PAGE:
During last weekend’s School of Law reunion, returning members of the Class of 1960, back for their 50th, received special recognition during a Saturday morning gathering in the Millhiser Moot Court Room. Once they had been received a commemorative medal and greetings from W&L President Ken Ruscio and Law Dean Rodney Smolla, one of the class members, George Anthou, from Canonsburg, Pa., asked to address the assembly.
It seems George had brought a rather unusual bit of memorabilia from his law days with him: a canceled check from the First National Bank of Lexington in the amount of $282.50, made out to Washington and Lee University. The check, written on Feb. 1, 1960, was his payment for his final semester of tuition, plus the charge for his Davis Hall room.
As George correctly noted in a letter written to classmates: “Today, perhaps it might not even cover the cost of a couple of law books.”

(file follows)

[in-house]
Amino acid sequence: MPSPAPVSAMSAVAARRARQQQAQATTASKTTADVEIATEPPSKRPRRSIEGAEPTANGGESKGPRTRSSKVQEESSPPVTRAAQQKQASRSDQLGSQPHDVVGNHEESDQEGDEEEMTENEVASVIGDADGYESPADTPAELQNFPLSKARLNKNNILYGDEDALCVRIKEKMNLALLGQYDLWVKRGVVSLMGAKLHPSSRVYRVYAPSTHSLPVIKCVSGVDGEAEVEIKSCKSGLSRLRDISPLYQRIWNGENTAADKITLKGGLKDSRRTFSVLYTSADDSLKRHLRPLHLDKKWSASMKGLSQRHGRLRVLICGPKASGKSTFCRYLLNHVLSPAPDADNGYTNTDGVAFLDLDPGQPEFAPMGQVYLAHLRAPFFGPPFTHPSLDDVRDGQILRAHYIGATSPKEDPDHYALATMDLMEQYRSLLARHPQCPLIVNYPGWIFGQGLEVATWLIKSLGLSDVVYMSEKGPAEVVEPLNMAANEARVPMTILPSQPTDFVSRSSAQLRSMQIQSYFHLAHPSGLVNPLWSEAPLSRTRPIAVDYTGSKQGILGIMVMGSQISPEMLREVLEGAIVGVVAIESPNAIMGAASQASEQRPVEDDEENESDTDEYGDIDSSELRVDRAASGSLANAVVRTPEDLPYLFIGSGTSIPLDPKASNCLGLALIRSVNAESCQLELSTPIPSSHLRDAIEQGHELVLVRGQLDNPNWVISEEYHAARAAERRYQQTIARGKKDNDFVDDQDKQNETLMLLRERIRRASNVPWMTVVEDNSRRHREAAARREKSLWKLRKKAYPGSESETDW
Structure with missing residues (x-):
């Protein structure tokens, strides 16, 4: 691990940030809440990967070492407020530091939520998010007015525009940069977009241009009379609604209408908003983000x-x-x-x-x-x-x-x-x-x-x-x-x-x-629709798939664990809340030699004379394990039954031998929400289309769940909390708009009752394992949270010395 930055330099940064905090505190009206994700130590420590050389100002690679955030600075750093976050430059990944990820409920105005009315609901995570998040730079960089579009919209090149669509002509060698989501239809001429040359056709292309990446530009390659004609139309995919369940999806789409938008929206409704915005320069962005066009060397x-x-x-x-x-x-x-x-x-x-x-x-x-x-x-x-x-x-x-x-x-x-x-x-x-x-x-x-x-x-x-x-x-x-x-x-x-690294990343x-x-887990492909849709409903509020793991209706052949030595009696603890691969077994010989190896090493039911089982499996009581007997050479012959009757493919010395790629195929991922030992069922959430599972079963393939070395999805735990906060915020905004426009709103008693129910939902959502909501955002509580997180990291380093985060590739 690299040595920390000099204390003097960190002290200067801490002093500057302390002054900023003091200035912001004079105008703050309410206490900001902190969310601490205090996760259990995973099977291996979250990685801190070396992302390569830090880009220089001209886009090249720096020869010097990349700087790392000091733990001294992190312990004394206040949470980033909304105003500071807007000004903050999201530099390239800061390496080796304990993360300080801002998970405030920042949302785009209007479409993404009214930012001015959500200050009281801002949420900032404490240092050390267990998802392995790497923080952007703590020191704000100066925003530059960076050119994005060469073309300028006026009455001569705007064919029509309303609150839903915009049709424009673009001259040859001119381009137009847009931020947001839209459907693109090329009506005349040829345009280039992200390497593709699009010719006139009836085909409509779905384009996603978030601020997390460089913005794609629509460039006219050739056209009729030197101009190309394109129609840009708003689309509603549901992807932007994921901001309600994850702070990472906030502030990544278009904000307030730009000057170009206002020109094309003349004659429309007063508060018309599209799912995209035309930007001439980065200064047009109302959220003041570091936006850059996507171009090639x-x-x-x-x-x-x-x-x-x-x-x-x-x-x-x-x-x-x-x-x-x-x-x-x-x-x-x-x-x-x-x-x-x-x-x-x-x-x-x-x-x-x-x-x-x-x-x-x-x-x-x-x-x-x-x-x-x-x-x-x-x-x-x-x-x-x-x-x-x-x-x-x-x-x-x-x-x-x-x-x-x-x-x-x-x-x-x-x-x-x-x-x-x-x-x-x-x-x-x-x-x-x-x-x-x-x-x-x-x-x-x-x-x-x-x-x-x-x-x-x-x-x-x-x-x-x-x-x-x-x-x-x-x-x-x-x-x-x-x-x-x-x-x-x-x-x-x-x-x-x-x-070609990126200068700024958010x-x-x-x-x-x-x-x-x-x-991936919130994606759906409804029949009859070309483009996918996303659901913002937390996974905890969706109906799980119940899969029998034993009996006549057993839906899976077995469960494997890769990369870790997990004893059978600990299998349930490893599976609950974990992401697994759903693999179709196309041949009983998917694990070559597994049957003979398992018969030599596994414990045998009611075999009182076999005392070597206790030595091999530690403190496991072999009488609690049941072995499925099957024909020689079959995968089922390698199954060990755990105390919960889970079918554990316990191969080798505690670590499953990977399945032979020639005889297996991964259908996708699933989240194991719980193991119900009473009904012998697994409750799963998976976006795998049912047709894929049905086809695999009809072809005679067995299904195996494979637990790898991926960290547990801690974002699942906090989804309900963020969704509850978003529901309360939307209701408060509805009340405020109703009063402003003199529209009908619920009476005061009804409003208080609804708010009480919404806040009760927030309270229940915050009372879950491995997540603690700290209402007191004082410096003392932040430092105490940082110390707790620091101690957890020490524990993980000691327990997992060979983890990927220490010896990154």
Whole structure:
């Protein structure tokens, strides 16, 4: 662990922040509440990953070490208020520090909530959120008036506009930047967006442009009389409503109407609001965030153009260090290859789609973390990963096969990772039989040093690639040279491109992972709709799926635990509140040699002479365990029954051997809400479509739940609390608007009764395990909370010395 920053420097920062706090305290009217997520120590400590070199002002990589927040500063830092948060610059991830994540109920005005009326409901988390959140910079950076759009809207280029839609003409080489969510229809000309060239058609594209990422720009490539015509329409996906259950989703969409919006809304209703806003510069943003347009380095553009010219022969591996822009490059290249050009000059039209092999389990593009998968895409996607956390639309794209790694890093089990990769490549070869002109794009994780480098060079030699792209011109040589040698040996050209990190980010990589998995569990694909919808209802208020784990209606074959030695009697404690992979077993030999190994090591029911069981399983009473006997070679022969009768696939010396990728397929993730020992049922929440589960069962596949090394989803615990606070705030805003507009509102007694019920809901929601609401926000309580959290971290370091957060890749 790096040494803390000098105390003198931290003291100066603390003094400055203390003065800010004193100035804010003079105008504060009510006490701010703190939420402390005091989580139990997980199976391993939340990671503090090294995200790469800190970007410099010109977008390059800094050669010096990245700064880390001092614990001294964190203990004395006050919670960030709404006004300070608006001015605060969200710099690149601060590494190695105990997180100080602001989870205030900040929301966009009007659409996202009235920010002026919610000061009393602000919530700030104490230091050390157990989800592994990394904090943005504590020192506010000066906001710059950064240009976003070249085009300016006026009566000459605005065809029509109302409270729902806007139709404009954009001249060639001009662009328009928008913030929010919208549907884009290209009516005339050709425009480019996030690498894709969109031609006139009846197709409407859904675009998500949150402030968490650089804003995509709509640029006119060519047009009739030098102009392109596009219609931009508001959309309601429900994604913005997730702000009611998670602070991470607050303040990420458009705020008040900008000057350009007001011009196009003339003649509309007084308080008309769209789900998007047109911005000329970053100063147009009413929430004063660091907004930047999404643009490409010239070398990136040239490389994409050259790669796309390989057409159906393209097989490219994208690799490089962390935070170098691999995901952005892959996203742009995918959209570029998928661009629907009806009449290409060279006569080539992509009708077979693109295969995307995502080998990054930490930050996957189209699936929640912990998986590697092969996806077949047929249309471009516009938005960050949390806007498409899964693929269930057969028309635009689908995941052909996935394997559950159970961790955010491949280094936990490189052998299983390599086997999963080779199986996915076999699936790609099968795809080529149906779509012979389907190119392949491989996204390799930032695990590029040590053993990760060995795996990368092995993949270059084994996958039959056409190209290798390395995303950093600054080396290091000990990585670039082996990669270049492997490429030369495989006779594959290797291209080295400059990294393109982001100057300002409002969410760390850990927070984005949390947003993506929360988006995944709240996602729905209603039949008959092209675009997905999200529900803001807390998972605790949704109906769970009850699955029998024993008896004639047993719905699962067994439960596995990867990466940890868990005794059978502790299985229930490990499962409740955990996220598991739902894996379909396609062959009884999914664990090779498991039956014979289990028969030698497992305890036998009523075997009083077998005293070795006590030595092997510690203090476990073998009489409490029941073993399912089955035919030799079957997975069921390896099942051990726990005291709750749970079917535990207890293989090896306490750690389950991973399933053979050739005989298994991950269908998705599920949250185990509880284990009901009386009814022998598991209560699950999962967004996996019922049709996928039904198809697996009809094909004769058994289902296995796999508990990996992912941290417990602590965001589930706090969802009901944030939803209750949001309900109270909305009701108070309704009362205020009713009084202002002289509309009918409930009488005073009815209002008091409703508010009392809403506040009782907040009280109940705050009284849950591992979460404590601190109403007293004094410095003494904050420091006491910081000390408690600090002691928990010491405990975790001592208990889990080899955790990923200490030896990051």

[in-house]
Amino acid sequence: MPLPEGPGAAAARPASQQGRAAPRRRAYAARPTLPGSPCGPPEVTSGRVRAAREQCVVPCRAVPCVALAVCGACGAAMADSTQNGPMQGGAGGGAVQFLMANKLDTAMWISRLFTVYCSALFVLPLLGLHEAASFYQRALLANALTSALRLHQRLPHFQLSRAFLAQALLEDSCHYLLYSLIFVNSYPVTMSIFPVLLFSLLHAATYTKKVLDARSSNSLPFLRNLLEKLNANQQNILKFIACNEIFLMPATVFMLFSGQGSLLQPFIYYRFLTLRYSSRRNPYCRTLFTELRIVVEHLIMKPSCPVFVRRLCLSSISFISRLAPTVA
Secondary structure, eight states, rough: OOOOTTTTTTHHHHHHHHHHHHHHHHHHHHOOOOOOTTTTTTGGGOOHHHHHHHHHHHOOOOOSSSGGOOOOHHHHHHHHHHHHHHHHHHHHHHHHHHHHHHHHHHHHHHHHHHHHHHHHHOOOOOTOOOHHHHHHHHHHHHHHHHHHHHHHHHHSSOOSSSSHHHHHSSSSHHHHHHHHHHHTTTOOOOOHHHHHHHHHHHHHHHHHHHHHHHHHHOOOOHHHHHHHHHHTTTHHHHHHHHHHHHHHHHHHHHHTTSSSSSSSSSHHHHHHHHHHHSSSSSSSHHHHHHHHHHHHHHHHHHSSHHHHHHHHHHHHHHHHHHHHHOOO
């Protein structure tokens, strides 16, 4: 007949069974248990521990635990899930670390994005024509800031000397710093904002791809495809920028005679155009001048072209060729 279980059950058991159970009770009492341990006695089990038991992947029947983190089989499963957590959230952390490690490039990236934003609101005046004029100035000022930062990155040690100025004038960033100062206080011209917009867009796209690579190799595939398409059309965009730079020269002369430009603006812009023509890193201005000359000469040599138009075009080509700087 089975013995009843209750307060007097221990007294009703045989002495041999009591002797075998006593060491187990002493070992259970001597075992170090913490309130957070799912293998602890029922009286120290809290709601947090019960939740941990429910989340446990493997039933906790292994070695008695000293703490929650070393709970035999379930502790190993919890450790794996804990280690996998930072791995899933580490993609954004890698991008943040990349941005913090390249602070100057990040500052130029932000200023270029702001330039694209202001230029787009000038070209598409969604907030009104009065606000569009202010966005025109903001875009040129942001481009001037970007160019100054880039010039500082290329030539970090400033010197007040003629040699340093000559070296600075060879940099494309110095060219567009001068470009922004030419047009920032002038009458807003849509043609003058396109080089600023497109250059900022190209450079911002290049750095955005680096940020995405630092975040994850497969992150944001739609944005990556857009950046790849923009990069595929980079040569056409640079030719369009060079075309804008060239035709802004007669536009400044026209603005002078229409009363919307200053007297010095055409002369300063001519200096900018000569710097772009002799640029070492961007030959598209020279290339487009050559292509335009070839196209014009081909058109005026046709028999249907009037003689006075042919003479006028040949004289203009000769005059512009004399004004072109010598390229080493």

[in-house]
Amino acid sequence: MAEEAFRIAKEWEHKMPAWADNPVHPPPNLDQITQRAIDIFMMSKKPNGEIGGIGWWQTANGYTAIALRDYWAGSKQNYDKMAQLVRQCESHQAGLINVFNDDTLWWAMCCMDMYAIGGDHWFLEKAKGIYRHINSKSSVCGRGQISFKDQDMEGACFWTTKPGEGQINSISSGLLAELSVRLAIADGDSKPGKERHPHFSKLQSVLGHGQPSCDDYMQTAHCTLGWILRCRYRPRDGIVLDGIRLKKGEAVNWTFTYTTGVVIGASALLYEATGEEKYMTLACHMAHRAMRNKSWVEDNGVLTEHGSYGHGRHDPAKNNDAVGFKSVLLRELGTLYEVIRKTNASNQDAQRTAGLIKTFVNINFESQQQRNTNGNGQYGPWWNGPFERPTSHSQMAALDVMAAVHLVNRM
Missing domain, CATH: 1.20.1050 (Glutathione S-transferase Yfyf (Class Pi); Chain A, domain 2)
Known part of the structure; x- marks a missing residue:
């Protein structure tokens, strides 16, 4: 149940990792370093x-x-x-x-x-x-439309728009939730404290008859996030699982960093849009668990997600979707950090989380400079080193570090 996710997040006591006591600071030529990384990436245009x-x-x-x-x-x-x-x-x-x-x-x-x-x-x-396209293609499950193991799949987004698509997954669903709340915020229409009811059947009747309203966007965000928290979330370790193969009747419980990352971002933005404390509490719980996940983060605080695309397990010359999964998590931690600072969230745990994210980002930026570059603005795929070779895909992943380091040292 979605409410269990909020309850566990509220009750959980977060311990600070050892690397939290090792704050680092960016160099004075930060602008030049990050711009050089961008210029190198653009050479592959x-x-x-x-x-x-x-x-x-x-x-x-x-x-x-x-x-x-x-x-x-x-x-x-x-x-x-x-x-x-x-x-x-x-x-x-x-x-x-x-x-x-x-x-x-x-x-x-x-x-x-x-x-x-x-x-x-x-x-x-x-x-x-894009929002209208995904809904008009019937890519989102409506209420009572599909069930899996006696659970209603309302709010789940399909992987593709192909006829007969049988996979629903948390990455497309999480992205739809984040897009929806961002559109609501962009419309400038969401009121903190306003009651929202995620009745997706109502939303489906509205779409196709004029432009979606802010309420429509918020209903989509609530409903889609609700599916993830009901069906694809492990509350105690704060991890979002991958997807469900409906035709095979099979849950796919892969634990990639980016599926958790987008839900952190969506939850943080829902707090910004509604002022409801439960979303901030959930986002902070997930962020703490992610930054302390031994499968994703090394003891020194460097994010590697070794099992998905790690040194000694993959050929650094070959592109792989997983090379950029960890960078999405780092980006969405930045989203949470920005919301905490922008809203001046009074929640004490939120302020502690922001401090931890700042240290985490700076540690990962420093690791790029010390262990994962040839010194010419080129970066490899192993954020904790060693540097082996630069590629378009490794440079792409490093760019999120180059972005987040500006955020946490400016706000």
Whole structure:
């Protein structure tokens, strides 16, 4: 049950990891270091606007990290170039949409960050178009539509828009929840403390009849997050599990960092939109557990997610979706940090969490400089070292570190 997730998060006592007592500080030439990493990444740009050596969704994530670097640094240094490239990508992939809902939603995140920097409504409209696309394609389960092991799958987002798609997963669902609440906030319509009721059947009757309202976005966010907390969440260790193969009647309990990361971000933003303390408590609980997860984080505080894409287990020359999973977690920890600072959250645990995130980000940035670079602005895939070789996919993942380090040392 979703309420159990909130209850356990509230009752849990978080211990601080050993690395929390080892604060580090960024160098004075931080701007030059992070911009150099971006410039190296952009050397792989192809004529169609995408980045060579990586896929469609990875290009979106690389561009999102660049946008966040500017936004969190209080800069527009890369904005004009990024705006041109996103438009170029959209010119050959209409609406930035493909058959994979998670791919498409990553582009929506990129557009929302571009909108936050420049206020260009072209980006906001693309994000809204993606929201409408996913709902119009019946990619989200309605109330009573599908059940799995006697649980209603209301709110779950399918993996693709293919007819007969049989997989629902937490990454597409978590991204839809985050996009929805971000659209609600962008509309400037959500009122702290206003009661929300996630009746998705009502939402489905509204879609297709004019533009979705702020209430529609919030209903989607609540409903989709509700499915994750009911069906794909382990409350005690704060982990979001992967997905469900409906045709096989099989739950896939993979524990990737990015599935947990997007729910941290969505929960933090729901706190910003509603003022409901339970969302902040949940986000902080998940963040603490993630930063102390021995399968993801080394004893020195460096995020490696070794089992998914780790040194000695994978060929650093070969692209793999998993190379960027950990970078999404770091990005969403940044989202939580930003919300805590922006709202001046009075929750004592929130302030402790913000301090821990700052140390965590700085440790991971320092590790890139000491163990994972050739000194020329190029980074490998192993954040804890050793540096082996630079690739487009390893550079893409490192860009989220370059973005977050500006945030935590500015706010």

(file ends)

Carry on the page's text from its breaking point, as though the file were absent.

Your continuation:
George, who spent 46 years in private practice in his hometown of Canonsburg (the home of both Perry Como and Bobby Vinton), had numerous fascinating stories in his letter to classmates. One, in particular, stands out. He recalls how law professor Charles P. McDowell lectured the students on what their grades would really mean. George quotes Prof. McDowell as telling them: “Don’t worry about what grade may result from your studies because the ‘A’ students become judges, the ‘B’ students work for the state or federal government and the ‘C’ students become trial lawyers and earn all the big fees.” Fees large enough, no doubt, to make that $282.50 in tuition and room fees worth the cost.